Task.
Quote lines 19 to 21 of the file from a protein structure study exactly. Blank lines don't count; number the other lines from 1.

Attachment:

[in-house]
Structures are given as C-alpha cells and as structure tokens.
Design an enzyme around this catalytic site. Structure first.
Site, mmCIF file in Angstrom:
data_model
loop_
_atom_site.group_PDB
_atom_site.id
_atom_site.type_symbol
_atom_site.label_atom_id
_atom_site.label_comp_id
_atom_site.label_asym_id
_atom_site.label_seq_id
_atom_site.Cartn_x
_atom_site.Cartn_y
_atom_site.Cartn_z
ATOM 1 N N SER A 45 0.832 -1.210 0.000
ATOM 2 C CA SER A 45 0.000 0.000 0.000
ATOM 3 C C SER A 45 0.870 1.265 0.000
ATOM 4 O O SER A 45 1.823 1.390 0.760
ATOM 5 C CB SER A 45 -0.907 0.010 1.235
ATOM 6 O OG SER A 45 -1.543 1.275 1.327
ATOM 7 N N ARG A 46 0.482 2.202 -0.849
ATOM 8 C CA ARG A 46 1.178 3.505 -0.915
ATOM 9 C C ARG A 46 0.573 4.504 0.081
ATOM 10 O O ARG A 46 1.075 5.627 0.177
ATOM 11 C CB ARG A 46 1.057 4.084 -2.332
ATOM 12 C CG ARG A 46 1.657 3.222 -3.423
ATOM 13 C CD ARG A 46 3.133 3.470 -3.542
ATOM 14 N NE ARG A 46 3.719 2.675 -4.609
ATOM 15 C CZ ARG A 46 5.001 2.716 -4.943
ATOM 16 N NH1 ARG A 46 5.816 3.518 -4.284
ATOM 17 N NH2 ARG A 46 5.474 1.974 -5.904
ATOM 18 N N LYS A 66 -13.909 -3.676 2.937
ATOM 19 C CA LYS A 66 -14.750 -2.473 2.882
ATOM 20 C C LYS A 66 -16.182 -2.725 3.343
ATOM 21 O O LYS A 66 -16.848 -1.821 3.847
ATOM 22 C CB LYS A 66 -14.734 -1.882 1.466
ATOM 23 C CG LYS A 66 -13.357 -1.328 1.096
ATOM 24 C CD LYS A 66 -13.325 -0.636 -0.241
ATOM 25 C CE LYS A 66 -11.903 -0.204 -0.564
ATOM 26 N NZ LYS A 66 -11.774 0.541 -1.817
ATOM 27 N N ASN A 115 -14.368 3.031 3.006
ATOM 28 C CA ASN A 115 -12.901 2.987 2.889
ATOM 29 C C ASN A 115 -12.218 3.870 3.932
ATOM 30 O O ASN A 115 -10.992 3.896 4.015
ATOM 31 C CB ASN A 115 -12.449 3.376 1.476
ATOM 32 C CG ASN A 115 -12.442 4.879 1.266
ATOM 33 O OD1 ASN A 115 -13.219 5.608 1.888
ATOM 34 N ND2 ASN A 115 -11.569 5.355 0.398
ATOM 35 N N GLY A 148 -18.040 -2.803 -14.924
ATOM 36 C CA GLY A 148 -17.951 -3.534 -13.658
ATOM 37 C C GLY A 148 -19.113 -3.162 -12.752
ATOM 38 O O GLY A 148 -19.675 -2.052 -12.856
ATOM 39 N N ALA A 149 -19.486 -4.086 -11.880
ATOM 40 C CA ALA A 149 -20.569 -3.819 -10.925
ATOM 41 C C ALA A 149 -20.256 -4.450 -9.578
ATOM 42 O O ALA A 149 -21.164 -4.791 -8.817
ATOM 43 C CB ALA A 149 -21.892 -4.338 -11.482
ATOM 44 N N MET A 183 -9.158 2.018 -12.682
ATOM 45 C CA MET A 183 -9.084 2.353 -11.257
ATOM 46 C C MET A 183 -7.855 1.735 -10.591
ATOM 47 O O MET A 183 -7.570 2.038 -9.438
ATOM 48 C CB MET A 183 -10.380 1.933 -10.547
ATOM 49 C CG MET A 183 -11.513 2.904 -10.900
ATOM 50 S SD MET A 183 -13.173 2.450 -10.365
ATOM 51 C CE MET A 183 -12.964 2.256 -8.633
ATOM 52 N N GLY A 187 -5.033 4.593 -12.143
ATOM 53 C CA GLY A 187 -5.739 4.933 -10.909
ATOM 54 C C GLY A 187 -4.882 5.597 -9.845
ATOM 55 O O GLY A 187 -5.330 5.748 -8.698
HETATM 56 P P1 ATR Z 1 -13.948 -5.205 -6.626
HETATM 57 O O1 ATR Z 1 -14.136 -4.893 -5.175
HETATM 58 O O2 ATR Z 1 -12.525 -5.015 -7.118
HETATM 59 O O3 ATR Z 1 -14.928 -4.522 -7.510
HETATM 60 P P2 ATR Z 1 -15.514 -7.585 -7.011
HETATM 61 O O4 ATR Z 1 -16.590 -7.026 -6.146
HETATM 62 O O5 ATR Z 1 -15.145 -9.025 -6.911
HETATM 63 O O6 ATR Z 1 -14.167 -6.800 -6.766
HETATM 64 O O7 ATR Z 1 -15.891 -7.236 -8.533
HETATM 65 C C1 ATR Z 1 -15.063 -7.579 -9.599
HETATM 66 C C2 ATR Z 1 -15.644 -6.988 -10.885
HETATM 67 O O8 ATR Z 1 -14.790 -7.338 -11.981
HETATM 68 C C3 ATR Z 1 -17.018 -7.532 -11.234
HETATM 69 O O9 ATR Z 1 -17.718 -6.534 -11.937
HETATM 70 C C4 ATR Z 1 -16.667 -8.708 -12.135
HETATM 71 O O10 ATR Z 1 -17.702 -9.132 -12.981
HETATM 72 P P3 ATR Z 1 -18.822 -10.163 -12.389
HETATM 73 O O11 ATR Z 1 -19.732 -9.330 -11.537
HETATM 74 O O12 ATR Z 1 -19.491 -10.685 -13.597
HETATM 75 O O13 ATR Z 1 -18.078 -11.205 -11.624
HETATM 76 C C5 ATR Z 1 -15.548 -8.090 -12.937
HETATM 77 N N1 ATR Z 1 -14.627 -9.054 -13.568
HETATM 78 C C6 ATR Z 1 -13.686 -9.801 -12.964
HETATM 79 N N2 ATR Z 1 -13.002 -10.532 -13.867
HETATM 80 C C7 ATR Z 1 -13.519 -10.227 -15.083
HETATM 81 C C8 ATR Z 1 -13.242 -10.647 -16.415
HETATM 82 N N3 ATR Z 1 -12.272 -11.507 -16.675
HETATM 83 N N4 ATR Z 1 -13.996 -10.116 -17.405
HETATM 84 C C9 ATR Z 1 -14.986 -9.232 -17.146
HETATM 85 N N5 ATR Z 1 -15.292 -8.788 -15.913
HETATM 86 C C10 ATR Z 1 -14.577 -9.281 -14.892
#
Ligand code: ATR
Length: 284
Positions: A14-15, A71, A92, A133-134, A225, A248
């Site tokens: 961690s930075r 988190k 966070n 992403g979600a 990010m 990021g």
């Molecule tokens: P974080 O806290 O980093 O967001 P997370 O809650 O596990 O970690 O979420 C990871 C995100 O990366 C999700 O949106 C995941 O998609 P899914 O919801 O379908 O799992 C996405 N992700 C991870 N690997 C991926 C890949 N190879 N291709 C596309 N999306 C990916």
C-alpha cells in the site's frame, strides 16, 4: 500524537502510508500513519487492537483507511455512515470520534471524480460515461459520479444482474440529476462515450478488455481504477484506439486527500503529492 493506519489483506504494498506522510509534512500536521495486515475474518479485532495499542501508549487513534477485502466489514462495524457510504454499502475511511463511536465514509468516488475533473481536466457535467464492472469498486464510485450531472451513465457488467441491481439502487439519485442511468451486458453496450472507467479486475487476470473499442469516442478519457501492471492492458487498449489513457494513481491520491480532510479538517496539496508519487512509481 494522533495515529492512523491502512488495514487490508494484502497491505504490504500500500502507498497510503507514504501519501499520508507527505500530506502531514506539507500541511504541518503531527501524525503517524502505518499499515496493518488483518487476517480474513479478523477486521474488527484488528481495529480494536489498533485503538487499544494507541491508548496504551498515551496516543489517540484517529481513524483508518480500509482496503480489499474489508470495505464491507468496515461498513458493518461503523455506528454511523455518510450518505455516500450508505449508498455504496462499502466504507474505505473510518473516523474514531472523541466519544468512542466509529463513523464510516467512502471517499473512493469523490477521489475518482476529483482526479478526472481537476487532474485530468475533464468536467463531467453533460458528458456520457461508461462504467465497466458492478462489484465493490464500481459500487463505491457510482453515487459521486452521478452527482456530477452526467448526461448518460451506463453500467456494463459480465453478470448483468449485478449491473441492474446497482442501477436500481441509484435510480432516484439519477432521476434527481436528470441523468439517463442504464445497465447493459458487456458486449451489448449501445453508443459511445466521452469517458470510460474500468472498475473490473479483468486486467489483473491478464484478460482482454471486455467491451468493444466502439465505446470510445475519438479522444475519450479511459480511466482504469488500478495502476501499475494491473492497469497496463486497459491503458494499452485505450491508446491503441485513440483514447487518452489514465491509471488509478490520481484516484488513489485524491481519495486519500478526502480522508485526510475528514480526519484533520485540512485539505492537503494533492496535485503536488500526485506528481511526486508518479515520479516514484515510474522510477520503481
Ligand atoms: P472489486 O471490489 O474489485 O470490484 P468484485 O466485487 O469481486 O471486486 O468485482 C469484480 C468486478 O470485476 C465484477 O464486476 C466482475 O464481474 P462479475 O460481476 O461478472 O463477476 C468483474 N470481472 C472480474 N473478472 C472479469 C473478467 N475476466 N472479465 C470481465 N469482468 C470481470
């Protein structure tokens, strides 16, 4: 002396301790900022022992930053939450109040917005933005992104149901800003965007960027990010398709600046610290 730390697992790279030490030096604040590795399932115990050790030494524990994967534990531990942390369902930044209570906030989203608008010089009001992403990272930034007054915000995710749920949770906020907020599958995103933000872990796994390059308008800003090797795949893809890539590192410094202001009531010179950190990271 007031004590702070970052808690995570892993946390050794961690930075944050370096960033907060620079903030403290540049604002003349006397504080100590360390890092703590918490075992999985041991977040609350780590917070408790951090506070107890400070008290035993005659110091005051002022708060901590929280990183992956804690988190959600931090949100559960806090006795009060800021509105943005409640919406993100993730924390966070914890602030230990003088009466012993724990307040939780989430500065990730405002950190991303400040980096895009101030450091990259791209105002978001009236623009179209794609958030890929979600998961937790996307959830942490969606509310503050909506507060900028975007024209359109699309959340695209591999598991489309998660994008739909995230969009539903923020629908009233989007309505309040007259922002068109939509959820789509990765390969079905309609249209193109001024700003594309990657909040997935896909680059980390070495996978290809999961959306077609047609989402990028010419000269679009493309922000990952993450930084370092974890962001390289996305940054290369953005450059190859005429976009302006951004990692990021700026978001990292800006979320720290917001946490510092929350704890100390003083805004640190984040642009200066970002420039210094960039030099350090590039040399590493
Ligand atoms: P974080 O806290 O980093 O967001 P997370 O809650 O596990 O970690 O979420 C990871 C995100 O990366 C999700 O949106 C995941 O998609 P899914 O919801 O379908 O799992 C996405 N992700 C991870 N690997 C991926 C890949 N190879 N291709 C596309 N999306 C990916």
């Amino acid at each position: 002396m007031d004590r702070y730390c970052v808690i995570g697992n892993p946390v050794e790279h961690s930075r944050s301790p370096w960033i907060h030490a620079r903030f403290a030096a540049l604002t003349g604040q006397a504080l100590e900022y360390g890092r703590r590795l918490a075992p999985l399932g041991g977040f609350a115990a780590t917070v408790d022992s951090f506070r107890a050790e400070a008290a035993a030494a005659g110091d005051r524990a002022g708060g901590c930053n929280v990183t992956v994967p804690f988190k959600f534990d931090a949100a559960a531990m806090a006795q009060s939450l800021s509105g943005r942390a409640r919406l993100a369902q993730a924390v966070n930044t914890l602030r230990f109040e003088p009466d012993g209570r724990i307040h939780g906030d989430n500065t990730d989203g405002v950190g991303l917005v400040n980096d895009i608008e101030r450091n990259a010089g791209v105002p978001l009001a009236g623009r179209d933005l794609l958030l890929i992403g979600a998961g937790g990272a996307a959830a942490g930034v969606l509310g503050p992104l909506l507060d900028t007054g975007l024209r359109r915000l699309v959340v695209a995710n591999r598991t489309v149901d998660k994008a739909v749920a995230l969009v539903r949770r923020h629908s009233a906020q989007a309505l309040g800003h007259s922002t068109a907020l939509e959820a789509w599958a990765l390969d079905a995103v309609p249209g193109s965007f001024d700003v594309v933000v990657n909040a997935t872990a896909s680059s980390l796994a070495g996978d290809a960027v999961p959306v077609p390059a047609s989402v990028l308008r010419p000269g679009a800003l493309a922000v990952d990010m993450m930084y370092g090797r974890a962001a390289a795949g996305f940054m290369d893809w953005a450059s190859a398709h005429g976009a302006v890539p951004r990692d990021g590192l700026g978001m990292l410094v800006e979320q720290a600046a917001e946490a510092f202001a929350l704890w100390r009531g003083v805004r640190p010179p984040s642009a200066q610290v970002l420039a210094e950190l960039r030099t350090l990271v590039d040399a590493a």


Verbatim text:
ATOM 3 C C SER A 45 0.870 1.265 0.000
ATOM 4 O O SER A 45 1.823 1.390 0.760
ATOM 5 C CB SER A 45 -0.907 0.010 1.235